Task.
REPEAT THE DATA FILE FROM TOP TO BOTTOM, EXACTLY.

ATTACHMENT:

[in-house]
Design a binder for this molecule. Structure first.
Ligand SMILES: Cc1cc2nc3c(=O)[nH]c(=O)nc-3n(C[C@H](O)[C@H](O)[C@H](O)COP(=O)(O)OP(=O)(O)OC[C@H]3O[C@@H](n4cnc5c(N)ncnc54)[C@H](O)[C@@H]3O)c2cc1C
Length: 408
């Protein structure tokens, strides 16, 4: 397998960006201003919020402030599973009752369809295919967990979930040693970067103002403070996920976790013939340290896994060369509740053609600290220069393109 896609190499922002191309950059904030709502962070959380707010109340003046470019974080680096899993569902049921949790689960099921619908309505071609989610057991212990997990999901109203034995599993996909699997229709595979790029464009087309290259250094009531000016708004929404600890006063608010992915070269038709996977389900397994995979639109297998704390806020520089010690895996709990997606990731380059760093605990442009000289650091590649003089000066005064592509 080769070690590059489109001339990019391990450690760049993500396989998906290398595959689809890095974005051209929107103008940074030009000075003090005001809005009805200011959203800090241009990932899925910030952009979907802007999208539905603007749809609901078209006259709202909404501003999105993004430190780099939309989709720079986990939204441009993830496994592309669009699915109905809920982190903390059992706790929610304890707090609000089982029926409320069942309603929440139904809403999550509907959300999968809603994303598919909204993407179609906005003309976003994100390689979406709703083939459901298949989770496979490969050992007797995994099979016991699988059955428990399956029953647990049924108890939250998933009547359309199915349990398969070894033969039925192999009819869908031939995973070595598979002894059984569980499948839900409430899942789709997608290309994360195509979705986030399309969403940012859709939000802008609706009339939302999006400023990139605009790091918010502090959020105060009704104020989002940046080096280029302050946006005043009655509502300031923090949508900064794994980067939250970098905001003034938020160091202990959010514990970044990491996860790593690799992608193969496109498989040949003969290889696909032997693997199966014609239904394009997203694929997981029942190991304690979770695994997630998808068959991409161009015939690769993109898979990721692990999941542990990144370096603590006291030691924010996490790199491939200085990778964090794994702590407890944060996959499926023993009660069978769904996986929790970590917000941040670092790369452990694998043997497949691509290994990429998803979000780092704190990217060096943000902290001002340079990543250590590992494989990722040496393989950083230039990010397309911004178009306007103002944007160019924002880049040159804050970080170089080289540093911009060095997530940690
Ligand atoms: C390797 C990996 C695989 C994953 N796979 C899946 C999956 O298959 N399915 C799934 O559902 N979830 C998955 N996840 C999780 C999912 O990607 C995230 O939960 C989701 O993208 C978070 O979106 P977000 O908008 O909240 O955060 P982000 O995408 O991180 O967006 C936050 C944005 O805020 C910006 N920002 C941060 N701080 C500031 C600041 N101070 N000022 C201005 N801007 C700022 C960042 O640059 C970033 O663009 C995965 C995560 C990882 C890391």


[in-house]
Design a binder for this molecule. Structure first.
Ligand SMILES: Cc1cc2nc3c(=O)[nH]c(=O)nc-3n(C[C@H](O)[C@H](O)[C@H](O)COP(=O)(O)OP(=O)(O)OC[C@H]3O[C@@H](n4cnc5c(N)ncnc54)[C@H](O)[C@@H]3O)c2cc1C
Length: 408
């Protein structure tokens, strides 16, 4: 397998960006201003919020402030599973009752369809295919967990979930040693970067103002403070996920976790013939340290896994060369509740053609600290220069393109 896609190499922002191309950059904030709502962070959380707010109340003046470019974080680096899993569902049921949790689960099921619908309505071609989610057991212990997990999901109203034995599993996909699997229709595979790029464009087309290259250094009531000016708004929404600890006063608010992915070269038709996977389900397994995979639109297998704390806020520089010690895996709990997606990731380059760093605990442009000289650091590649003089000066005064592509 080769070690590059489109001339990019391990450690760049993500396989998906290398595959689809890095974005051209929107103008940074030009000075003090005001809005009805200011959203800090241009990932899925910030952009979907802007999208539905603007749809609901078209006259709202909404501003999105993004430190780099939309989709720079986990939204441009993830496994592309669009699915109905809920982190903390059992706790929610304890707090609000089982029926409320069942309603929440139904809403999550509907959300999968809603994303598919909204993407179609906005003309976003994100390689979406709703083939459901298949989770496979490969050992007797995994099979016991699988059955428990399956029953647990049924108890939250998933009547359309199915349990398969070894033969039925192999009819869908031939995973070595598979002894059984569980499948839900409430899942789709997608290309994360195509979705986030399309969403940012859709939000802008609706009339939302999006400023990139605009790091918010502090959020105060009704104020989002940046080096280029302050946006005043009655509502300031923090949508900064794994980067939250970098905001003034938020160091202990959010514990970044990491996860790593690799992608193969496109498989040949003969290889696909032997693997199966014609239904394009997203694929997981029942190991304690979770695994997630998808068959991409161009015939690769993109898979990721692990999941542990990144370096603590006291030691924010996490790199491939200085990778964090794994702590407890944060996959499926023993009660069978769904996986929790970590917000941040670092790369452990694998043997497949691509290994990429998803979000780092704190990217060096943000902290001002340079990543250590590992494989990722040496393989950083230039990010397309911004178009306007103002944007160019924002880049040159804050970080170089080289540093911009060095997530940690
Ligand atoms: C390797 C990996 C695989 C994953 N796979 C899946 C999956 O298959 N399915 C799934 O559902 N979830 C998955 N996840 C999780 C999912 O990607 C995230 O939960 C989701 O993208 C978070 O979106 P977000 O908008 O909240 O955060 P982000 O995408 O991180 O967006 C936050 C944005 O805020 C910006 N920002 C941060 N701080 C500031 C600041 N101070 N000022 C201005 N801007 C700022 C960042 O640059 C970033 O663009 C995965 C995560 C990882 C890391």